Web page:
Your Recipient May Not See Your☺As You Do
The Tip of the Night for December 19, 2019 discussed the categorization of different platforms' emoji pictures by the Unicode Consortium. There are subtle differences in the images that different platforms, Google, Apple, Windows, and others, use for emojis of the same type - grinning face, heart, dog, and so on.
An emoji entered on one platform by an email author may be seen differently by her recipient using a different platform. So, in this example the bomb emoji, with a rather long fuse, I entered in a new message using my gmail account:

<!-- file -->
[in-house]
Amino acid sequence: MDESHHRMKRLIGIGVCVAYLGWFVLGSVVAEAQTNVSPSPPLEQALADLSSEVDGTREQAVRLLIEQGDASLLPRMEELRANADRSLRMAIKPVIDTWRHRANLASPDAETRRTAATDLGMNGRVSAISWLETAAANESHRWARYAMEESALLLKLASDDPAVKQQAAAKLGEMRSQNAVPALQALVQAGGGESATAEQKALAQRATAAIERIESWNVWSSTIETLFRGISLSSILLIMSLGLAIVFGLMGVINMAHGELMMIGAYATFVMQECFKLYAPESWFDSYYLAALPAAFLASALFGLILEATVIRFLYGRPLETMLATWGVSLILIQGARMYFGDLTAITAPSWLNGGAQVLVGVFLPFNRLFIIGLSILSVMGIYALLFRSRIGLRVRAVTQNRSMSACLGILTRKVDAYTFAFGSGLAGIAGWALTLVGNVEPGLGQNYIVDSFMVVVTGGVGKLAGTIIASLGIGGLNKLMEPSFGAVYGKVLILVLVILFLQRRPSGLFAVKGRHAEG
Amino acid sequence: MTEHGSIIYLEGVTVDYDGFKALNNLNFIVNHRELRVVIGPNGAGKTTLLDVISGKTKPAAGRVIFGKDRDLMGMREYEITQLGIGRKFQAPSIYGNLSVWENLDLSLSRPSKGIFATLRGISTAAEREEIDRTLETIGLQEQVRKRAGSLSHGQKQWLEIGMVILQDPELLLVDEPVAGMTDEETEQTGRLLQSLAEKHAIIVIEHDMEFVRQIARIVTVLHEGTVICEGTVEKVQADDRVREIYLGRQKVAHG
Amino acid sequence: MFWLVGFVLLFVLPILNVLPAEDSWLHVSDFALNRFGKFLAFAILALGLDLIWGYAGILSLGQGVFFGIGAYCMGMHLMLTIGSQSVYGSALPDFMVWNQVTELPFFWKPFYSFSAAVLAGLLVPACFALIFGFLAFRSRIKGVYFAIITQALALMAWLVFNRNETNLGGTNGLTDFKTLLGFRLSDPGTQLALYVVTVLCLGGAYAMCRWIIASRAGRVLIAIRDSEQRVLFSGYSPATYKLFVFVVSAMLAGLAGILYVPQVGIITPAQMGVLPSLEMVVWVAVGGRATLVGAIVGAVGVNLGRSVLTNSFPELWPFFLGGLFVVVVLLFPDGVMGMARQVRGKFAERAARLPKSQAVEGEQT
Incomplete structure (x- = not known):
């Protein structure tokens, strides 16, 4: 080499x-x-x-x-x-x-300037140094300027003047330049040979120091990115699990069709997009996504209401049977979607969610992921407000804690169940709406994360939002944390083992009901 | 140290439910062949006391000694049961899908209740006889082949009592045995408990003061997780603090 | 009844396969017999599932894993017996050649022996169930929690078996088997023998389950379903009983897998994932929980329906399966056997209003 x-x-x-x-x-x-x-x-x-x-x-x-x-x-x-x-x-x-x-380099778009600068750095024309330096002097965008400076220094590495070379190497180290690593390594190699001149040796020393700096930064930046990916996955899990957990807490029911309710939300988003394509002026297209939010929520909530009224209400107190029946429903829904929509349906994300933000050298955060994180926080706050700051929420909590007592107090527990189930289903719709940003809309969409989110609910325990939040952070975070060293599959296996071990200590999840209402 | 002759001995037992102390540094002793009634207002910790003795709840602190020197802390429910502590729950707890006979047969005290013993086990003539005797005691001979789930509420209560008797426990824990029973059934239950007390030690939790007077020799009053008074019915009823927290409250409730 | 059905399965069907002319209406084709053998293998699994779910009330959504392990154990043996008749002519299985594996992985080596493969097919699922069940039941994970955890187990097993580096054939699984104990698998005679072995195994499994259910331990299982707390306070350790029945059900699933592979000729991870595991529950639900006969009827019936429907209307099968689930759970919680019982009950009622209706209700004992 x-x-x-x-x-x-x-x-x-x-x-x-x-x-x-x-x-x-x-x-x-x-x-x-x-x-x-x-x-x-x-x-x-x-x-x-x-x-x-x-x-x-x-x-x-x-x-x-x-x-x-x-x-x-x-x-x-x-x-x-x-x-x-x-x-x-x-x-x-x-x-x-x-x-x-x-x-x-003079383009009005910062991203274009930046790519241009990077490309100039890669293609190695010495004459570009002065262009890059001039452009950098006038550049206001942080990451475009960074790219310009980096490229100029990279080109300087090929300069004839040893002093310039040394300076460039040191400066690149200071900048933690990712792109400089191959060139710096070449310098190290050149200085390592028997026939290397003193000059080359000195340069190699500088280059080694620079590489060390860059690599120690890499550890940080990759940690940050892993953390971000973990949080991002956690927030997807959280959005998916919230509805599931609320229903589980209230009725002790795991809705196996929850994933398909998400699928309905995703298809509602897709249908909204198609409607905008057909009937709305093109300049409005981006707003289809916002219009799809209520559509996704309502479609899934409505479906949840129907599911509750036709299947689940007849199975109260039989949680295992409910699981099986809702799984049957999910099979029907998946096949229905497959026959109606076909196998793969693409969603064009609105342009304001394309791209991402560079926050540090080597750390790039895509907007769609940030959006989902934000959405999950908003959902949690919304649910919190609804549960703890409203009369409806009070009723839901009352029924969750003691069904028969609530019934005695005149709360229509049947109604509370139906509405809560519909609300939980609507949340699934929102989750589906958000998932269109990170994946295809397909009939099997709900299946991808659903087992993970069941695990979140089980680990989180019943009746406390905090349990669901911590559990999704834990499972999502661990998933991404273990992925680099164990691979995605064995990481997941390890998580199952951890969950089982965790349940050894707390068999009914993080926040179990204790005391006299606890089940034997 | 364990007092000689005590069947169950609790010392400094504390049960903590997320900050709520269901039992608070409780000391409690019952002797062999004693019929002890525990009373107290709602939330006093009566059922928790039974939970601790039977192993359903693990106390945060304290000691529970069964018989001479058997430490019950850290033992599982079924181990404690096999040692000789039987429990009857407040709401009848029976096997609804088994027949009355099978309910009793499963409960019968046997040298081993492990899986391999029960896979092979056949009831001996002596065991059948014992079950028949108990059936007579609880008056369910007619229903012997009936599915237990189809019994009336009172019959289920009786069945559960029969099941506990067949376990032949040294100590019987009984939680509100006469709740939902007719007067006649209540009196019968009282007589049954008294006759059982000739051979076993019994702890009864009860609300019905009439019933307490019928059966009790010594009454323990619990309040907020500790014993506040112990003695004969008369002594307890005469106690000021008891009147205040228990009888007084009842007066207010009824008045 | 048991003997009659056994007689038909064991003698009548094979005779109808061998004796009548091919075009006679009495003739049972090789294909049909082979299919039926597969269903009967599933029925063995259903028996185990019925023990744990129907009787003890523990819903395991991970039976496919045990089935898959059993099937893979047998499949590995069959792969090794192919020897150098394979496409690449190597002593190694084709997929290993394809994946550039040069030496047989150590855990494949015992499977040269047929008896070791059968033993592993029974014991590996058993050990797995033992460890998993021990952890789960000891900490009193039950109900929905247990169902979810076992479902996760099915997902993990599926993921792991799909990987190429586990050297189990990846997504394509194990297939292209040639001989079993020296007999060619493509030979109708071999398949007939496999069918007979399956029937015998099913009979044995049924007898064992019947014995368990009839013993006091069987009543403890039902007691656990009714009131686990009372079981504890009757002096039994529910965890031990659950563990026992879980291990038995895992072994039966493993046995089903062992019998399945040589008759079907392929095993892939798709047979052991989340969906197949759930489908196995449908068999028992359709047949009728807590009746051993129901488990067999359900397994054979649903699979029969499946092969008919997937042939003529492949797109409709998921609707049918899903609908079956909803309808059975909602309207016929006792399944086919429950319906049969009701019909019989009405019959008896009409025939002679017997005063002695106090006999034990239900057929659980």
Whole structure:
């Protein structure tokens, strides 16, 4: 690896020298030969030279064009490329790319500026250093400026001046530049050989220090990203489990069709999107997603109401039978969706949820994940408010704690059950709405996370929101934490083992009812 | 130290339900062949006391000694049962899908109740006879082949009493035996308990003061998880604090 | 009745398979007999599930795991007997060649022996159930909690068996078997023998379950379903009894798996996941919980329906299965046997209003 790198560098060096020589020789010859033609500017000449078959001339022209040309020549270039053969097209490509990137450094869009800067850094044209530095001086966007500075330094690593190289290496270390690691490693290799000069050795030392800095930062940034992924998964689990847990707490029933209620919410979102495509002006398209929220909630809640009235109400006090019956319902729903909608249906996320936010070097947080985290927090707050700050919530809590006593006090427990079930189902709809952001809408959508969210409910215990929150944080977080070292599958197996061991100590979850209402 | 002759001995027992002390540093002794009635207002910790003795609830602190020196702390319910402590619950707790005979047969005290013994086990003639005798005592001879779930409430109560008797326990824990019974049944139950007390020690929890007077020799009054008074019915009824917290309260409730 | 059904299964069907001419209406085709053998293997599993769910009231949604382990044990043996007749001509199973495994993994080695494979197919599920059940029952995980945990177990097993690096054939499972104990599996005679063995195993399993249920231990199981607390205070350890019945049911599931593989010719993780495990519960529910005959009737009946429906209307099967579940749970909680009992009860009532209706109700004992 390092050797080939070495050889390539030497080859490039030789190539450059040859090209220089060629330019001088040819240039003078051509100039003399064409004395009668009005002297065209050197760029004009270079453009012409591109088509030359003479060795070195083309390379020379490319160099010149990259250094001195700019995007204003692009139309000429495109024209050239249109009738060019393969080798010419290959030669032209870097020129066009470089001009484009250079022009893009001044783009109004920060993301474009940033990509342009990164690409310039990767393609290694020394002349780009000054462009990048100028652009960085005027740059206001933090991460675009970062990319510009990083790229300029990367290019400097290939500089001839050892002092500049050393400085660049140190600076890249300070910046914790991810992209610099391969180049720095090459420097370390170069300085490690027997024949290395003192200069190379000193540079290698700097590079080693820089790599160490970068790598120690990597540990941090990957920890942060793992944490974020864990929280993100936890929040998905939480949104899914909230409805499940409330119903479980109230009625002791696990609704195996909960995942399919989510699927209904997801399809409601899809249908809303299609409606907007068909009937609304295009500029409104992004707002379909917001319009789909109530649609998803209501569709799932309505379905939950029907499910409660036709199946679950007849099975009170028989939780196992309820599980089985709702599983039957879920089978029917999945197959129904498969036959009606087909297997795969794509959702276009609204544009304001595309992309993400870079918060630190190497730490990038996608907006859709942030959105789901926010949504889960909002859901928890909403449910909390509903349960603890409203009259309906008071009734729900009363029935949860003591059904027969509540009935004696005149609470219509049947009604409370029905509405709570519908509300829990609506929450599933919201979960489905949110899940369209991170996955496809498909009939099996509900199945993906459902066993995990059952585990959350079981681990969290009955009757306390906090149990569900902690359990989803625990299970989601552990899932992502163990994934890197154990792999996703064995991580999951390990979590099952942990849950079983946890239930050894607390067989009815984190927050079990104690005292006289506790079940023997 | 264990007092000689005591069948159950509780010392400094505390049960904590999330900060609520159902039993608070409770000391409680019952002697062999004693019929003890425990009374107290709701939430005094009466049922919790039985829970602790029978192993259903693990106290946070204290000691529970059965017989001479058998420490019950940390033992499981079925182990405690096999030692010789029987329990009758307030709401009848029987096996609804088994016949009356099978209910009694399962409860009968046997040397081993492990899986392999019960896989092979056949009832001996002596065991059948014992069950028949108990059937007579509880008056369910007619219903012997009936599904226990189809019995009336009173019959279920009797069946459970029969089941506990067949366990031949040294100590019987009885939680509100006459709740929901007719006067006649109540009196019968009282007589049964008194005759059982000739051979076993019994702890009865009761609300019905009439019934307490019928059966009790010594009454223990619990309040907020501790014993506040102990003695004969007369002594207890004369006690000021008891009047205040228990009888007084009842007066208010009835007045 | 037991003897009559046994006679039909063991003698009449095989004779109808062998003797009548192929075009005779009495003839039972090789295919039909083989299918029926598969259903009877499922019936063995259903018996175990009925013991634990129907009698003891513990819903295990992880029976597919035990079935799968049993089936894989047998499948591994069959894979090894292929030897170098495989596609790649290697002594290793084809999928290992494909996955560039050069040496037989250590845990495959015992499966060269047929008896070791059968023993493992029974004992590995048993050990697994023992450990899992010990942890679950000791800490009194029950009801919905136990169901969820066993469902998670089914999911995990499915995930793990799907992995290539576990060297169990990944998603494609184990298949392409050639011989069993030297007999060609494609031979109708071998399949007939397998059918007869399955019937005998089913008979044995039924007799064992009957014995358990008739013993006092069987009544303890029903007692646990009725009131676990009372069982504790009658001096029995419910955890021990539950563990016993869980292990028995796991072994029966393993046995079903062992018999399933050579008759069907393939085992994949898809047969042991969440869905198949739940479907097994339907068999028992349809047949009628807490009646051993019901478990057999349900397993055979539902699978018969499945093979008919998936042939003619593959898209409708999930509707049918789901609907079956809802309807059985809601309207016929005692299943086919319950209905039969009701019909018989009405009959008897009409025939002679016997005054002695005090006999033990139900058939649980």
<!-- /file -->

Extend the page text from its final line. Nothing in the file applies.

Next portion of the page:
. . . is received in my hotmail account as a bomb emoji with a fuse that is exploding.
As pointed out in Eric Goldman's study, Emojis and the Law, "Individual emojis often qualify for copyright and trademark protection (and possibly other forms of IP protection), discouraging rival platforms from making identical emoji depictions and driving cross-platform depiction diversity." Eric Goldman, Emojis and the Law, 93 Wash. L. Rev. 1227, 1230 (2018).